Rationale for Ada 2012

John Barnes
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3.6 Membership tests

Membership tests in Ada 83 to Ada 2005 are somewhat restrictive. They take two forms
to test whether a value is in a given range, or
to test whether a value is in a given subtype.
Examples of these are
if M in June .. August then
if I in Index then
However, the restrictions are annoying. If we want to test whether it is safe to eat an oyster (there has to be an R in the month) then we would really like to write
if M in
 Jan .. April | Sep .. Dec then -- illegal in Ada 2005
whereas we are forced to write something like
if M in Jan .. April or M in Sep .. Dec then
which means repeating M and then perhaps worrying about whether to use or or or else. Or in this case we could do the test the other way
if M not in May .. Aug then
What we would really like to do is use the vertical bar as in case statements and aggregates to select a combination of ranges, subtypes, and values.
Ada 2012 is much more flexible in this area. To see the differences it is probably easiest to look at the old and new syntax. The relevant old syntax for Ada 2005 is
relation ::=
    simple_expression [relational_operator simple_expression]
  | simple_expression [notin range
  | simple_expression [notin subtype_mark
where the last two productions define membership tests. The syntax regarding choices in aggregates and case statements in Ada 2005 is
discrete_choice_list ::= discrete_choice { | discrete_choice}
discrete_choice ::= expression | discrete_range | others
discrete_range ::= discrete_subtype_indication | range
The syntax in Ada 2012 is rather different and changes relation to use new productions for membership_choice_list and membership_choice (this enables the vertical bar to be used in membership tests). And then a membership_choice in turn uses choice_expression and choice_relation as follows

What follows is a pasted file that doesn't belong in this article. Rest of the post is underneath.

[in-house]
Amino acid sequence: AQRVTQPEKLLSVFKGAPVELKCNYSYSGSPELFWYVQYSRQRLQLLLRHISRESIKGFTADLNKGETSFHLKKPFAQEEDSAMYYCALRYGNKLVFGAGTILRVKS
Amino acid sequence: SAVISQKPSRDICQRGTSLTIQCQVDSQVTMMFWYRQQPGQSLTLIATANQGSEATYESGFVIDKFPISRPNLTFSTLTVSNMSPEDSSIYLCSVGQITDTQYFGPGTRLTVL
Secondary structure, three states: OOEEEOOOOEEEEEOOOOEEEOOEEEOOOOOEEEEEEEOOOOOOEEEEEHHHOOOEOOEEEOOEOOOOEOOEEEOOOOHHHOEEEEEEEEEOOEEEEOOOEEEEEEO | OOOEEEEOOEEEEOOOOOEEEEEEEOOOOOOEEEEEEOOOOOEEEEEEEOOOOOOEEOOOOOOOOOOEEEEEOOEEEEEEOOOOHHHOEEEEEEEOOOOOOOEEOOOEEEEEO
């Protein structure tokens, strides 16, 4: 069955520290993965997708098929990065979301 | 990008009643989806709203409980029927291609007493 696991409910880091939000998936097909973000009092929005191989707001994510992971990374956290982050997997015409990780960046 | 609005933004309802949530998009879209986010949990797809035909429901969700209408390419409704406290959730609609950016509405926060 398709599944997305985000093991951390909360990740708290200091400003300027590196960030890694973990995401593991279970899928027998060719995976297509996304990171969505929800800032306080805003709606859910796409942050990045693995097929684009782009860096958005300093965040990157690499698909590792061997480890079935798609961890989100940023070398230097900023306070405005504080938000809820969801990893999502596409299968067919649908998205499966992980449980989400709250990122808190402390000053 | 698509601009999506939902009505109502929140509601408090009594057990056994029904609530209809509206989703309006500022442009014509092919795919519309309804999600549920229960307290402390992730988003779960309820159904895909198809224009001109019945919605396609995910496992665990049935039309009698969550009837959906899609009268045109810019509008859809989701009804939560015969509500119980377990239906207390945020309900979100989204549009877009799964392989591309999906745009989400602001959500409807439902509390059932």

relation ::=
    simple_expression [relational_operator simple_expression]
  | simple_expression [notin membership_choice_list}
membership_choice_list ::=
        membership_choice { | membership_choice}
membership_choice ::=
        choice_expression | range | subtype_mark
choice_expression ::=
    choice_relation {and choice_relation}
  | choice_relation {or choice_relation}
  | choice_relation {xor choice_relation}
  | choice_relation {and then choice_relation}
  | choice_relation {or else choice_relation}
choice_relation ::=
    simple_expression [relational_operator simple_expression]}
The difference between a choice_relation and a relation is that the choice_relation does not include membership tests. Moreover, discrete_choice is changed to
discrete_choice ::= choice_expression | discrete_subtype_indication | range | others
the difference being that a discrete_choice now uses a choice_expression rather than an expression as one of its possibilities.
The overall effect of the changes is to permit the vertical bar in membership tests without getting too confused by nesting membership tests.
Here are some examples that are now permitted in Ada 2012 but were not permitted in Ada 2005
if N in 6 | 28 | 496 then
       -- N is small and perfect!
if M in Spring | June | October .. December then
       -- combination of subtype, single value and range
if X in 0.5 .. Z | 2.0*Z .. 10.0 then
       -- not discrete or static
if Obj in Triangle | Circle then
       -- with tagged types
if Letter in 'A' | 'E' | 'I' | 'O' | 'U' then
       -- characters
Membership tests are permitted for any type and values do not have to be static. There is no change here but it should be remembered that existing uses of the vertical bar in case statements and aggregates do require the type to be discrete and the values to be static.